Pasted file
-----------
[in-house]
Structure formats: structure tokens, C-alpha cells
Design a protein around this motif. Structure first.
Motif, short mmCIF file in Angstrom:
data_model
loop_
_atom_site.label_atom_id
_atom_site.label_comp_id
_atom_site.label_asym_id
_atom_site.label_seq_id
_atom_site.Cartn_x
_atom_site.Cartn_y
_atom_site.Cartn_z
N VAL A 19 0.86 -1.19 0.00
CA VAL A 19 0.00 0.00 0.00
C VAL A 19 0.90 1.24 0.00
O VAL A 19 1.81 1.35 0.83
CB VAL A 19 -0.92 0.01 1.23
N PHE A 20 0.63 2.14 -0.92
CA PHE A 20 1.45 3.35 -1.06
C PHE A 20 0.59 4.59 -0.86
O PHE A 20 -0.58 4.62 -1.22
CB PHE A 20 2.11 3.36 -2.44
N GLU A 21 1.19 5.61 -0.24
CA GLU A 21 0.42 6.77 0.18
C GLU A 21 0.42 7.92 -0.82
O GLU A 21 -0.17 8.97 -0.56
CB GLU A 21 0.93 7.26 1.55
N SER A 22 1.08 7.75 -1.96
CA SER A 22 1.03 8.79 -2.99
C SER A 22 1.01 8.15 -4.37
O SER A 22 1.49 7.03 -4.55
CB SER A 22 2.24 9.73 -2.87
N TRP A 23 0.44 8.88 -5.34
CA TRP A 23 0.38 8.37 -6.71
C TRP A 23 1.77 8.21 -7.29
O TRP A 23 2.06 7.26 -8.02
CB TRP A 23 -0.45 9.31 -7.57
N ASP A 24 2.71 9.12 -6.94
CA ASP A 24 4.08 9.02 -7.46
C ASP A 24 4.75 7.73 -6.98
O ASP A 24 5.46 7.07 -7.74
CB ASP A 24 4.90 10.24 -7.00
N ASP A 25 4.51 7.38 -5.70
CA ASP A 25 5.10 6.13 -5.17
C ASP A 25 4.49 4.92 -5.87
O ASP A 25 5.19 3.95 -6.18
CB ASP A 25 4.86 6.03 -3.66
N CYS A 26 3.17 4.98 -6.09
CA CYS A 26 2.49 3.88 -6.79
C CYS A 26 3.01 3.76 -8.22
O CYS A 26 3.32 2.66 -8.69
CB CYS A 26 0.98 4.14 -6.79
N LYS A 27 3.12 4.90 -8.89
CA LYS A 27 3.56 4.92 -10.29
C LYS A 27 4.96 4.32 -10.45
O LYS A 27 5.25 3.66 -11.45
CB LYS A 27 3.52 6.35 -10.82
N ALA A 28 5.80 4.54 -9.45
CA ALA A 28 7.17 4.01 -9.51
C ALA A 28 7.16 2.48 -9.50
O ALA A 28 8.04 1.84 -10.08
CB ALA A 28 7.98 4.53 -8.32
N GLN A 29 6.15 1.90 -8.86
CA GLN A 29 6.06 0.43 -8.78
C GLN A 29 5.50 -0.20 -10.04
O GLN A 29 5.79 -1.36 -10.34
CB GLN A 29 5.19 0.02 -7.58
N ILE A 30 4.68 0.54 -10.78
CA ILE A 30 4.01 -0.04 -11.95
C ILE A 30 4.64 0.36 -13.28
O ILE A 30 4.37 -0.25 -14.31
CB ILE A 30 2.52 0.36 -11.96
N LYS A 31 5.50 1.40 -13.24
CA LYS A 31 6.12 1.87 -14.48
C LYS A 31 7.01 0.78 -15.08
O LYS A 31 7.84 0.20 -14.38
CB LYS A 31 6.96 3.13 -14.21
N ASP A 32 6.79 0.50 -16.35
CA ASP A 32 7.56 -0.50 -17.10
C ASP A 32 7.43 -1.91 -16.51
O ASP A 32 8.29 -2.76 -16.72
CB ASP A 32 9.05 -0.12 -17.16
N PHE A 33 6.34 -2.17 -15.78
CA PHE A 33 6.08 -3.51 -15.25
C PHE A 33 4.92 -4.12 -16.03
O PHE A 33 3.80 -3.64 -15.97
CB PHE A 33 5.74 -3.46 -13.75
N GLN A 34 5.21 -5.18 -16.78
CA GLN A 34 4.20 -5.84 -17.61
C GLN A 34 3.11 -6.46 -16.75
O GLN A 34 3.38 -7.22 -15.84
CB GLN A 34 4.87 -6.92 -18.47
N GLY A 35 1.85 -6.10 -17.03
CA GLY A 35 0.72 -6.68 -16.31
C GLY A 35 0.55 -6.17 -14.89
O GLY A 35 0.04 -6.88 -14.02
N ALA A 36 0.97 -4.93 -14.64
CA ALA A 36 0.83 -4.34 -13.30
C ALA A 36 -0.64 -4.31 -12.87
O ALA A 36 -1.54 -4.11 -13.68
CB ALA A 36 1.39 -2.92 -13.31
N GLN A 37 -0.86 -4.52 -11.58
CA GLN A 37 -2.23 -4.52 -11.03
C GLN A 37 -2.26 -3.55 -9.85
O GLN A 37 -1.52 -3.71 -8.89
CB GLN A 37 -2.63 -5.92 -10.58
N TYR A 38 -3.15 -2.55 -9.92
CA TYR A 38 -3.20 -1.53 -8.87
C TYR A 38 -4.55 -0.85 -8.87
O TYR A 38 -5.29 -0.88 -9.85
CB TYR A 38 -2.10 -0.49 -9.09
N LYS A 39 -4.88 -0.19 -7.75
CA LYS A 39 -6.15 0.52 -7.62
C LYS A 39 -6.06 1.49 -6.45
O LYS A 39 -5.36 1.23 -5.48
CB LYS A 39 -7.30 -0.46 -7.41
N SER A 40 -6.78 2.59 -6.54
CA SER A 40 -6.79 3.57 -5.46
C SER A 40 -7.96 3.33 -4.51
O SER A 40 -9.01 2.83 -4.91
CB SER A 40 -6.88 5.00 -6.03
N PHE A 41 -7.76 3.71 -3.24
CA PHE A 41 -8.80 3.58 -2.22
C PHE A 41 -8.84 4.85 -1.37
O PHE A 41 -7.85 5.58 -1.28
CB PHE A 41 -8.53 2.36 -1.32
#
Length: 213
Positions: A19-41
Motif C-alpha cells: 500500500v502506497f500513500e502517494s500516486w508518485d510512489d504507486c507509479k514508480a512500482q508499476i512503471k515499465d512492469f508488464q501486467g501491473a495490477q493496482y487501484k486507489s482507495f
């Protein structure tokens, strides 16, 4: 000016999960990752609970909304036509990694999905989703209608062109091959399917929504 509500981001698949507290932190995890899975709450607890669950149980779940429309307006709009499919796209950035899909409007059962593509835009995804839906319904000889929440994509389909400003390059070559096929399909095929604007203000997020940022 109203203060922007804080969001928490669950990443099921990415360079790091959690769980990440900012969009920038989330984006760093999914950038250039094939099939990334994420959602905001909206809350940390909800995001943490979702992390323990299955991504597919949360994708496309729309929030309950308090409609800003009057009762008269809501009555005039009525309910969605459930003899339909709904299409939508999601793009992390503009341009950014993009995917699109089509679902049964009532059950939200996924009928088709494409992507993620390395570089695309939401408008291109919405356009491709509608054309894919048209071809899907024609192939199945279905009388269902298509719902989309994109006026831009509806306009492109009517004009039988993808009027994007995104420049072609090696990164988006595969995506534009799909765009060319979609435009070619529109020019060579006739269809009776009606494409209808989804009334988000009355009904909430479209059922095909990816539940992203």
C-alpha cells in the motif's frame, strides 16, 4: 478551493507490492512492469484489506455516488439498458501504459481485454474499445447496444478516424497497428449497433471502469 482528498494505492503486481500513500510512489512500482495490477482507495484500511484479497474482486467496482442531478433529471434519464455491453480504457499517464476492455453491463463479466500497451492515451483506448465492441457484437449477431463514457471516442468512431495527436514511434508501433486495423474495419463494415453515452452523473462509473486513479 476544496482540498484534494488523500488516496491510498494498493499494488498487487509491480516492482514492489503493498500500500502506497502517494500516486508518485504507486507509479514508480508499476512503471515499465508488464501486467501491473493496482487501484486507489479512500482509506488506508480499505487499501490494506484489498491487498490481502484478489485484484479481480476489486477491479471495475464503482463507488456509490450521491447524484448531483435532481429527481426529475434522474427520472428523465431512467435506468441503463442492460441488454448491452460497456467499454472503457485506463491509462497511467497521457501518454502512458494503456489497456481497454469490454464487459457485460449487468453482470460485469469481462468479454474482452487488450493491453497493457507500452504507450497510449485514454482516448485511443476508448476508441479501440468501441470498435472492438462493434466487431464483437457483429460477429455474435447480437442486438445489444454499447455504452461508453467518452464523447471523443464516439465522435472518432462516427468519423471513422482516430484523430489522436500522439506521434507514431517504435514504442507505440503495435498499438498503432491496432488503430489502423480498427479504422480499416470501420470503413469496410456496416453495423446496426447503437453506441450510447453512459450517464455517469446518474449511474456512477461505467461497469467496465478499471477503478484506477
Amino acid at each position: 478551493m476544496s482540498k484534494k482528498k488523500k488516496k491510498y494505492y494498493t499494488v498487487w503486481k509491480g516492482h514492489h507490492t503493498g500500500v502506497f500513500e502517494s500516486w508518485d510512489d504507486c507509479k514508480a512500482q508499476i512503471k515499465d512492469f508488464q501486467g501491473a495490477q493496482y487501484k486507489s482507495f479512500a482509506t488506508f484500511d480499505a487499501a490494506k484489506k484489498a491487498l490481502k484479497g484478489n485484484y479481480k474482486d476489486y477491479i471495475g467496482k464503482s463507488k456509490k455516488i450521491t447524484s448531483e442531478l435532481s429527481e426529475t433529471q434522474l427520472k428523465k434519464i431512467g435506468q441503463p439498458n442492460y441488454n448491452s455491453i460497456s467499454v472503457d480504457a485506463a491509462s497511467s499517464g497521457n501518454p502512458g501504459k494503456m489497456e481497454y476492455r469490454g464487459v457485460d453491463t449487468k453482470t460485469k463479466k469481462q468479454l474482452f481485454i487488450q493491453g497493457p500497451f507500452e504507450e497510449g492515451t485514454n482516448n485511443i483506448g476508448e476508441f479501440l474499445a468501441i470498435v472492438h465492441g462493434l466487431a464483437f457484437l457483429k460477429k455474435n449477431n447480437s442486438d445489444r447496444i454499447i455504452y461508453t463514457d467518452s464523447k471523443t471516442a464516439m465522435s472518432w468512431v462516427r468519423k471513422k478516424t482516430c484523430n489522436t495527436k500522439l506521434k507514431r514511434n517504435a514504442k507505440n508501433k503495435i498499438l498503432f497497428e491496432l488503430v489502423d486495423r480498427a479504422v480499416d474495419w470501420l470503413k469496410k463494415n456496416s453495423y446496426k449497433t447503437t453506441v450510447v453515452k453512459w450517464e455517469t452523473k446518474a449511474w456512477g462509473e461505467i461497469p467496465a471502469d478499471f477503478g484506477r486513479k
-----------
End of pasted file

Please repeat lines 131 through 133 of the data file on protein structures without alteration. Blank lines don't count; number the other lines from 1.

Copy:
Motif C-alpha cells: 500500500v502506497f500513500e502517494s500516486w508518485d510512489d504507486c507509479k514508480a512500482q508499476i512503471k515499465d512492469f508488464q501486467g501491473a495490477q493496482y487501484k486507489s482507495f
């Protein structure tokens, strides 16, 4: 000016999960990752609970909304036509990694999905989703209608062109091959399917929504 509500981001698949507290932190995890899975709450607890669950149980779940429309307006709009499919796209950035899909409007059962593509835009995804839906319904000889929440994509389909400003390059070559096929399909095929604007203000997020940022 109203203060922007804080969001928490669950990443099921990415360079790091959690769980990440900012969009920038989330984006760093999914950038250039094939099939990334994420959602905001909206809350940390909800995001943490979702992390323990299955991504597919949360994708496309729309929030309950308090409609800003009057009762008269809501009555005039009525309910969605459930003899339909709904299409939508999601793009992390503009341009950014993009995917699109089509679902049964009532059950939200996924009928088709494409992507993620390395570089695309939401408008291109919405356009491709509608054309894919048209071809899907024609192939199945279905009388269902298509719902989309994109006026831009509806306009492109009517004009039988993808009027994007995104420049072609090696990164988006595969995506534009799909765009060319979609435009070619529109020019060579006739269809009776009606494409209808989804009334988000009355009904909430479209059922095909990816539940992203």
C-alpha cells in the motif's frame, strides 16, 4: 478551493507490492512492469484489506455516488439498458501504459481485454474499445447496444478516424497497428449497433471502469 482528498494505492503486481500513500510512489512500482495490477482507495484500511484479497474482486467496482442531478433529471434519464455491453480504457499517464476492455453491463463479466500497451492515451483506448465492441457484437449477431463514457471516442468512431495527436514511434508501433486495423474495419463494415453515452452523473462509473486513479 476544496482540498484534494488523500488516496491510498494498493499494488498487487509491480516492482514492489503493498500500500502506497502517494500516486508518485504507486507509479514508480508499476512503471515499465508488464501486467501491473493496482487501484486507489479512500482509506488506508480499505487499501490494506484489498491487498490481502484478489485484484479481480476489486477491479471495475464503482463507488456509490450521491447524484448531483435532481429527481426529475434522474427520472428523465431512467435506468441503463442492460441488454448491452460497456467499454472503457485506463491509462497511467497521457501518454502512458494503456489497456481497454469490454464487459457485460449487468453482470460485469469481462468479454474482452487488450493491453497493457507500452504507450497510449485514454482516448485511443476508448476508441479501440468501441470498435472492438462493434466487431464483437457483429460477429455474435447480437442486438445489444454499447455504452461508453467518452464523447471523443464516439465522435472518432462516427468519423471513422482516430484523430489522436500522439506521434507514431517504435514504442507505440503495435498499438498503432491496432488503430489502423480498427479504422480499416470501420470503413469496410456496416453495423446496426447503437453506441450510447453512459450517464455517469446518474449511474456512477461505467461497469467496465478499471477503478484506477